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Discussion Starter · #1 ·
Hi, I have been painting for over 10 years and have owned my own business for 6 months. I have no issues with bidding residentials; however, I was just asked to bid a 50 unit 3 building apartment complex.
 

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Read the specs & plans, if there are any, VERY carefully.

After that it's all about who is the low bidder.

Can you carry a job for 45-90 days?
 

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Discussion Starter · #3 ·
There isn't any plans, and the owners are tired of painting the compound every ten years, so they aren't looking for the cheapest, I use only high quality paints and as a vet I am trying to hire as many other vets as I can. The owners like that. So I don't need to be the lowest, just reasonable.
 

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They need to provide you with what they expect.

If they don't/can't you need to be VERY SPECIFIC in your contract what you are going to provide in prep and how you will paint the place.

How many coats of what.

THEY PICK COLORS.

Although I have a great deal of respect for Vets, don't let that line fool you. Odds are they are looking at the bottom line.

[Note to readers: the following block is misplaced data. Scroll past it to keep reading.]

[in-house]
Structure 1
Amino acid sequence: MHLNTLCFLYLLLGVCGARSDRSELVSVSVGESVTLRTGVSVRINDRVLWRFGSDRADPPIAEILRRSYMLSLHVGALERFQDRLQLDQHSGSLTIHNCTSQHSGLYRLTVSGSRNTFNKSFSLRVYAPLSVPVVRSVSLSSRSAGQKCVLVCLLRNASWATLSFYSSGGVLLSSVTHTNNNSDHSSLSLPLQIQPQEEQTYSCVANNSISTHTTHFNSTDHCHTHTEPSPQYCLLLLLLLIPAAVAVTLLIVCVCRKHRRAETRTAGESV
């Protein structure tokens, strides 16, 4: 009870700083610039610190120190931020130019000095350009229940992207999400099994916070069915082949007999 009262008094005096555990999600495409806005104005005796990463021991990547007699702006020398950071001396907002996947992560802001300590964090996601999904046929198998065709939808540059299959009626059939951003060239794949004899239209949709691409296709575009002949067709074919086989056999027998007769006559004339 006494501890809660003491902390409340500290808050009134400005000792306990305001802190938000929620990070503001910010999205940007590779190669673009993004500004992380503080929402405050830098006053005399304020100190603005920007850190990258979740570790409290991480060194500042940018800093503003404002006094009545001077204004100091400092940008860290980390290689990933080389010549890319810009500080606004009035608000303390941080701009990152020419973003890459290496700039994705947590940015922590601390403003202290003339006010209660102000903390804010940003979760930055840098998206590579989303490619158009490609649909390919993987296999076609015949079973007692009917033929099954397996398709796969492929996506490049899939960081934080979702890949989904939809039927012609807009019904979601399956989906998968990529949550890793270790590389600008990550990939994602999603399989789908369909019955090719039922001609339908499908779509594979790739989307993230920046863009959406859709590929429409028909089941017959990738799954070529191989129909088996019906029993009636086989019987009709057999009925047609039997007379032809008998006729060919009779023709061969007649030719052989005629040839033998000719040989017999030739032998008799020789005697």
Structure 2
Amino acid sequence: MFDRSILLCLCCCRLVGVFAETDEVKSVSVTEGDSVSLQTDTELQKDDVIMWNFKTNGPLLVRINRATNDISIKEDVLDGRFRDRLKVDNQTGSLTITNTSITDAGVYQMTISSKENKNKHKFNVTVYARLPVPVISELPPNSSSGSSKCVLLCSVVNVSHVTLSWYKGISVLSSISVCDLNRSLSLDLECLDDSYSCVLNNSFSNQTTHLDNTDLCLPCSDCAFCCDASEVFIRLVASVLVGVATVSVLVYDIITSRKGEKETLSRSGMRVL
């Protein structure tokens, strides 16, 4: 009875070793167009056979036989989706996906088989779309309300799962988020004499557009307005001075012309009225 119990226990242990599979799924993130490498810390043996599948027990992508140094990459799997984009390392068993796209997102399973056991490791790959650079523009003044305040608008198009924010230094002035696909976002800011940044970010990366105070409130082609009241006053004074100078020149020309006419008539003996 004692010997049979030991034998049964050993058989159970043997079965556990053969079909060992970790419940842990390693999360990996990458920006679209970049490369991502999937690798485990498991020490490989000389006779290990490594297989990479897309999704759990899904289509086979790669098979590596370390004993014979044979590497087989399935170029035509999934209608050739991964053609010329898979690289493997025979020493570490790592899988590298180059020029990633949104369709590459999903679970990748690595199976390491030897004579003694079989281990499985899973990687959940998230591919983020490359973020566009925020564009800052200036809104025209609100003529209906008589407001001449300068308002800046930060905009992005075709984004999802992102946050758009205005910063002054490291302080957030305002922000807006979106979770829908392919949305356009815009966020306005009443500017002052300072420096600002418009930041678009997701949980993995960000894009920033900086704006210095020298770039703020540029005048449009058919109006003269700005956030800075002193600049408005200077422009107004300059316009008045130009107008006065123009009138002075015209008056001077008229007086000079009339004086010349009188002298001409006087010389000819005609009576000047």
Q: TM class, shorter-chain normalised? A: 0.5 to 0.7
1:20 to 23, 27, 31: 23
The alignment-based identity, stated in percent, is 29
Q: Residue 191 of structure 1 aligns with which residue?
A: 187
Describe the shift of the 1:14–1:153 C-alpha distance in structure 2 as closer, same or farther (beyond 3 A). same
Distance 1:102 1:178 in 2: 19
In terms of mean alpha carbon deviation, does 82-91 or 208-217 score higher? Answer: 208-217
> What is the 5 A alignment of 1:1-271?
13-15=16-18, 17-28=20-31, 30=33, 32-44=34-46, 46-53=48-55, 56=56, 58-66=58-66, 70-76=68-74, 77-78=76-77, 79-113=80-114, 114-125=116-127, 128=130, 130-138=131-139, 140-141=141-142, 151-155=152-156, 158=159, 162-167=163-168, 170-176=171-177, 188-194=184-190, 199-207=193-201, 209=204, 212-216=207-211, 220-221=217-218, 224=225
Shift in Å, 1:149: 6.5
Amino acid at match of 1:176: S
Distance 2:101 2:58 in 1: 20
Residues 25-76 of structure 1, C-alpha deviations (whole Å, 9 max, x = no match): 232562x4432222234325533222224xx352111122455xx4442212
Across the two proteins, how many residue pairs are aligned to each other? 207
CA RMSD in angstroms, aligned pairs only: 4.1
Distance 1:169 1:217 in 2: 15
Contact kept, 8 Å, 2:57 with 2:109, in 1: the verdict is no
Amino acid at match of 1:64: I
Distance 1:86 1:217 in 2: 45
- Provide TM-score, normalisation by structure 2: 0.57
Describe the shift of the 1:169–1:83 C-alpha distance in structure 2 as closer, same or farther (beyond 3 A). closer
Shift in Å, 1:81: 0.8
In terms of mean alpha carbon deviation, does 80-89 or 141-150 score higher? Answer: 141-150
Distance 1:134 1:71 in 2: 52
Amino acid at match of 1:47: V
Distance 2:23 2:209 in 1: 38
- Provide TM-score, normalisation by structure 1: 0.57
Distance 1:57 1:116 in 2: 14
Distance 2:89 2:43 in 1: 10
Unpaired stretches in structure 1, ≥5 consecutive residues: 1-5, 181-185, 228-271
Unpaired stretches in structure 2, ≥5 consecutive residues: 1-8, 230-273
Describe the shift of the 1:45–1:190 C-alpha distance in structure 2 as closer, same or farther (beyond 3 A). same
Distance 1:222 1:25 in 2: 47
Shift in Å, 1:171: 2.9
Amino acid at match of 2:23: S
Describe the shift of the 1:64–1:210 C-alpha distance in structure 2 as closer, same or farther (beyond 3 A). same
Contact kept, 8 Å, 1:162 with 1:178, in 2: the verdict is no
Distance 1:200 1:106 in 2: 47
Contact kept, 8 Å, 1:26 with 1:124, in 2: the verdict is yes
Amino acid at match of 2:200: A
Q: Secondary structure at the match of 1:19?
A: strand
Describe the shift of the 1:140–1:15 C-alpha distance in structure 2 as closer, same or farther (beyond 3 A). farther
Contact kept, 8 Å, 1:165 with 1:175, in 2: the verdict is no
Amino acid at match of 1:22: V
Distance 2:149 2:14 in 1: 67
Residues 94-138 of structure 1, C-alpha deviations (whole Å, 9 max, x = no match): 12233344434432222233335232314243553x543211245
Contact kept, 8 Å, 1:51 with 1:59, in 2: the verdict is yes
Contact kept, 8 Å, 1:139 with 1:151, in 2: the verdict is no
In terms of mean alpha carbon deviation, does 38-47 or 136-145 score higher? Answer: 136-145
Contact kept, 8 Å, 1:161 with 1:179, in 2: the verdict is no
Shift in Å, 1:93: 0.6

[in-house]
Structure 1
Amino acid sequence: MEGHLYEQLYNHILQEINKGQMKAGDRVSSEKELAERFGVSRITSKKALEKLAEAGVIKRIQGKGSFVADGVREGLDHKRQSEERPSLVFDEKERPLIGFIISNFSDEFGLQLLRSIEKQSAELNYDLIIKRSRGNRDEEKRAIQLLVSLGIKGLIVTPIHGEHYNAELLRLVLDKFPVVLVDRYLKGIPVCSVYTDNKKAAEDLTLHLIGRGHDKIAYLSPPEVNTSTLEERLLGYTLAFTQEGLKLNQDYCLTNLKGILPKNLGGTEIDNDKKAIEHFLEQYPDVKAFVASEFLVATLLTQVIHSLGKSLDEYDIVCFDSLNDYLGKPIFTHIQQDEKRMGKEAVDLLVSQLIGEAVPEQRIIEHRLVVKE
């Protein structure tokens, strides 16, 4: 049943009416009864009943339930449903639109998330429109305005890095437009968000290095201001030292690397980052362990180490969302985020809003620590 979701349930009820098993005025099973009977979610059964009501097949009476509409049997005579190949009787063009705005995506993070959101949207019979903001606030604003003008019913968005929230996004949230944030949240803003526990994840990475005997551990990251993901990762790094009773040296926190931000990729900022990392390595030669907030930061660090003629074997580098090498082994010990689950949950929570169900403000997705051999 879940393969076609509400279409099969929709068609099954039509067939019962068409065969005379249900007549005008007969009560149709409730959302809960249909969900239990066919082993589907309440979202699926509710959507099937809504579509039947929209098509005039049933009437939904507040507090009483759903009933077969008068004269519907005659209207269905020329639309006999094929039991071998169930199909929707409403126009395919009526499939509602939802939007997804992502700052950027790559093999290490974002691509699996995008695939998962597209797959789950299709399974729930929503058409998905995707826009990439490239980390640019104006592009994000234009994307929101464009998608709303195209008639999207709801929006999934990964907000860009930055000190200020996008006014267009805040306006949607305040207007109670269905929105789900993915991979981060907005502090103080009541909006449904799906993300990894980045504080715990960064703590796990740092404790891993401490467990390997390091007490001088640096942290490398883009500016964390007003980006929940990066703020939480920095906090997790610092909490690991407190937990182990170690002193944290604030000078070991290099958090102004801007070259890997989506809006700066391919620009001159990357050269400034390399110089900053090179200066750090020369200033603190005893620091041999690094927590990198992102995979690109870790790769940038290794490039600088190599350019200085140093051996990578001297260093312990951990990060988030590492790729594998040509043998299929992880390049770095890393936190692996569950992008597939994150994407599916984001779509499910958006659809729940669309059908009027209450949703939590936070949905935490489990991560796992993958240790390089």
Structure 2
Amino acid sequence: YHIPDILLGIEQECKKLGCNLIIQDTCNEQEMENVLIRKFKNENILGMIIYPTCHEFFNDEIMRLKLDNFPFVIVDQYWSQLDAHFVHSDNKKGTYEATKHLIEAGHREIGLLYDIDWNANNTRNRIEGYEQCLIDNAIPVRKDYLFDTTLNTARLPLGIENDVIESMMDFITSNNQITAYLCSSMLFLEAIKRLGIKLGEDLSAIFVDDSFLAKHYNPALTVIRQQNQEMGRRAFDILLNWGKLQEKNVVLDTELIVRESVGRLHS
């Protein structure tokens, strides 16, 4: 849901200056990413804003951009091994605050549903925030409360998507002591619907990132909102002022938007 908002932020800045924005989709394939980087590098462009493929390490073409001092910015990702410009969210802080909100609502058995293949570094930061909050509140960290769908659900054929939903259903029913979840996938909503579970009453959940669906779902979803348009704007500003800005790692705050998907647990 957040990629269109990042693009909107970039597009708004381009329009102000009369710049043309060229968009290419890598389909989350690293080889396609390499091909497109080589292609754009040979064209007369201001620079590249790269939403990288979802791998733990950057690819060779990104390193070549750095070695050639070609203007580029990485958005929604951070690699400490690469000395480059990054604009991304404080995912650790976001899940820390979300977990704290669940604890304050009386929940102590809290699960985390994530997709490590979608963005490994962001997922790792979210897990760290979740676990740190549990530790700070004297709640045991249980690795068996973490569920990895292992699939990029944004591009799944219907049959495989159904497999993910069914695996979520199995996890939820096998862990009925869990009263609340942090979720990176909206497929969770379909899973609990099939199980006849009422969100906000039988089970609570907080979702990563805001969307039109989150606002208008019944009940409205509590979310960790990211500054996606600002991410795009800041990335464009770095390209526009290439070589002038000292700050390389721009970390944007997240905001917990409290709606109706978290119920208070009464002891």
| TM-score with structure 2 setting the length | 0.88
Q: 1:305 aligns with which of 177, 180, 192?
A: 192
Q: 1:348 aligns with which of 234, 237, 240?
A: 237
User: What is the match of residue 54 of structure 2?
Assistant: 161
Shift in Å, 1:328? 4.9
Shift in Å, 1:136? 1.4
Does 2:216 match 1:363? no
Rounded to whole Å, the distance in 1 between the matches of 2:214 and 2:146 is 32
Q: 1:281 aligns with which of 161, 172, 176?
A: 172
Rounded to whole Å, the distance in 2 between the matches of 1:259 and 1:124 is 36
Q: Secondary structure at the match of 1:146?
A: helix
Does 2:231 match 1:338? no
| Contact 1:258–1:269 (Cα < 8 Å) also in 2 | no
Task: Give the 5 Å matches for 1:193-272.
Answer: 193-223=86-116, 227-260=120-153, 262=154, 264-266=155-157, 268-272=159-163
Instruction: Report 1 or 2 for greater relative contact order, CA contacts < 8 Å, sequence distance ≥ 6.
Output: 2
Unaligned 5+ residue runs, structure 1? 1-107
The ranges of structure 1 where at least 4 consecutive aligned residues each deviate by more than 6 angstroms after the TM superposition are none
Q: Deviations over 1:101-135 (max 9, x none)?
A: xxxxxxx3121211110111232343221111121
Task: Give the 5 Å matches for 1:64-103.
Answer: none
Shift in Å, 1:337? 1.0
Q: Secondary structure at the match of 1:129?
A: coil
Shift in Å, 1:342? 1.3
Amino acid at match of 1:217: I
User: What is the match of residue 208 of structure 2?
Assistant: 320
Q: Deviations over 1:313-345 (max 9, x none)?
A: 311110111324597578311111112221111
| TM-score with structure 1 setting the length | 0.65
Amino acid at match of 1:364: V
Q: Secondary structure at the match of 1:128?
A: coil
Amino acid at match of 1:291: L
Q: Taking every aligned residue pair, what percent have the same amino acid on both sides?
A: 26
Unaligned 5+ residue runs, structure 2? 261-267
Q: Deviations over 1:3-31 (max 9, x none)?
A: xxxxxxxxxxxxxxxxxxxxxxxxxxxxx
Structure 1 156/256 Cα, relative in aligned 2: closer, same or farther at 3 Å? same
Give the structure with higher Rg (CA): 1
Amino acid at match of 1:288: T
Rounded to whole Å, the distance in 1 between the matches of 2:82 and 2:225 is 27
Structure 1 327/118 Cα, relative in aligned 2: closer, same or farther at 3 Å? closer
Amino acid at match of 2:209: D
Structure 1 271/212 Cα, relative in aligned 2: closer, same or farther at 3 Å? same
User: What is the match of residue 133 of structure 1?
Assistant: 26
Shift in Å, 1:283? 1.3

Tired of painting every 10 years? Just how long you going to guarantee a paint job for and to what kind of specs?
 

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Get your local paint rep (not the guy from the store!) to come out and look at the job. Have him write a basic spec (products mostly). See what kind of a warranty they will give.

Yes, a paint warranty is generally a waste of paper. It's ALWAYS the installation (mostly prep). But, it's something to talk to the Owner about.

If the Owner is getting 10 years out of a paint job, they're doing pretty good. I don't think anyone is crazy enough to go longer than that.
 

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You'll need to know what needs to be painted, and what does not need to be painted. Your point of contact will need to be VERY SPECIFIC when you ask him these questions. Go around the entire property, with him, and make sure everything is clear (what is and isn't getting painted). The last thing you want is to go on the job, and paint something that wasn't supposed to be painted, or not paint something that was supposed to be painted, that you didn't budget in your proposed price (waste of time and material).

Then, after that's all cleared up, get the total surface area of everything being painted. This could take an hour or 2, but is the best way to get an accurate estimate, and create a trust-worthy proposal. After you find the surface area of all the surfaces being painted, apply a production rate to each surface (hopefully, you have a solid idea of what your production rates are based off your experience), and also material cost, based off the material's coverage rate.

After you figure that out, put together a scope of work in the proposal that clarifies EVERYTHING (what is and is not getting painted, what's to get covered and protected, when will the work be completed, who's providing the lift, dumpster, etc.).

Specifics are key. Don't be vague with your proposal, or else you may end up having to do work that you didn't budget for, and end up doing everything for free.
 
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